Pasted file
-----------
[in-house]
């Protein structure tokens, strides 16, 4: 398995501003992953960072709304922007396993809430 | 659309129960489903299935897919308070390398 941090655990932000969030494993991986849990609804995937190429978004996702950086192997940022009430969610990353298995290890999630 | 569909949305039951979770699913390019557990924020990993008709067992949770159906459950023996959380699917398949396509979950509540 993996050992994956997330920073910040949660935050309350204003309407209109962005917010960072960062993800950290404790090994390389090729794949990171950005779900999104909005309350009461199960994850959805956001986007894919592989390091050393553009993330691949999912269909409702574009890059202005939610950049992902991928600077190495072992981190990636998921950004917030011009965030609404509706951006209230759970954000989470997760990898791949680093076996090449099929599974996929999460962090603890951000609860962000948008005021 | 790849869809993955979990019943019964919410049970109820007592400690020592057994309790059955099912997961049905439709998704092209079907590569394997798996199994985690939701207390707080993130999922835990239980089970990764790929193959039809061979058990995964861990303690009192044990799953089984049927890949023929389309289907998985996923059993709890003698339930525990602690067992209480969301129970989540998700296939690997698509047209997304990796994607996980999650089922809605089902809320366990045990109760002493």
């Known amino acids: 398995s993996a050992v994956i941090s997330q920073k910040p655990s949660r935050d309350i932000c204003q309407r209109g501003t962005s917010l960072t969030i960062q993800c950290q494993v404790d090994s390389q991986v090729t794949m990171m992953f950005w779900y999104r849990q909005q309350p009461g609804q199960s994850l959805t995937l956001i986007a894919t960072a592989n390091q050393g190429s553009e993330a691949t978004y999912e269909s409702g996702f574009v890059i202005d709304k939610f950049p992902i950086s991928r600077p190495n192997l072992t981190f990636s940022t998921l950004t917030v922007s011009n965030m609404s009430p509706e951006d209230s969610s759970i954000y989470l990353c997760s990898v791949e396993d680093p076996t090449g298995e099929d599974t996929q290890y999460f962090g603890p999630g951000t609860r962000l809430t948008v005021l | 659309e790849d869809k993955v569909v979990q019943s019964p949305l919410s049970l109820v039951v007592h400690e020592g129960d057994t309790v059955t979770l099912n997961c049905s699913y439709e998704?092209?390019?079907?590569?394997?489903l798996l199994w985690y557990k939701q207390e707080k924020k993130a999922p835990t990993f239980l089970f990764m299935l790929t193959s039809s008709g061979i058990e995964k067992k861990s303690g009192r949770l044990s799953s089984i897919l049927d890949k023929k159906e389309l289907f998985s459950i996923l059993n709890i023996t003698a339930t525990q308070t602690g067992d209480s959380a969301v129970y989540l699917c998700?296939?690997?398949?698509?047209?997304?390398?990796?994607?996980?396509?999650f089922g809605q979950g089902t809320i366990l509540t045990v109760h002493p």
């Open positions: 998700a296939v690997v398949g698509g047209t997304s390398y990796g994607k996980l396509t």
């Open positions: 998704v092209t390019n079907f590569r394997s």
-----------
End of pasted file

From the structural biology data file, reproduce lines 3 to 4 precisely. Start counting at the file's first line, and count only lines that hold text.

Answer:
């Known amino acids: 398995s993996a050992v994956i941090s997330q920073k910040p655990s949660r935050d309350i932000c204003q309407r209109g501003t962005s917010l960072t969030i960062q993800c950290q494993v404790d090994s390389q991986v090729t794949m990171m992953f950005w779900y999104r849990q909005q309350p009461g609804q199960s994850l959805t995937l956001i986007a894919t960072a592989n390091q050393g190429s553009e993330a691949t978004y999912e269909s409702g996702f574009v890059i202005d709304k939610f950049p992902i950086s991928r600077p190495n192997l072992t981190f990636s940022t998921l950004t917030v922007s011009n965030m609404s009430p509706e951006d209230s969610s759970i954000y989470l990353c997760s990898v791949e396993d680093p076996t090449g298995e099929d599974t996929q290890y999460f962090g603890p999630g951000t609860r962000l809430t948008v005021l | 659309e790849d869809k993955v569909v979990q019943s019964p949305l919410s049970l109820v039951v007592h400690e020592g129960d057994t309790v059955t979770l099912n997961c049905s699913y439709e998704?092209?390019?079907?590569?394997?489903l798996l199994w985690y557990k939701q207390e707080k924020k993130a999922p835990t990993f239980l089970f990764m299935l790929t193959s039809s008709g061979i058990e995964k067992k861990s303690g009192r949770l044990s799953s089984i897919l049927d890949k023929k159906e389309l289907f998985s459950i996923l059993n709890i023996t003698a339930t525990q308070t602690g067992d209480s959380a969301v129970y989540l699917c998700?296939?690997?398949?698509?047209?997304?390398?990796?994607?996980?396509?999650f089922g809605q979950g089902t809320i366990l509540t045990v109760h002493p």
């Open positions: 998700a296939v690997v398949g698509g047209t997304s390398y990796g994607k996980l396509t």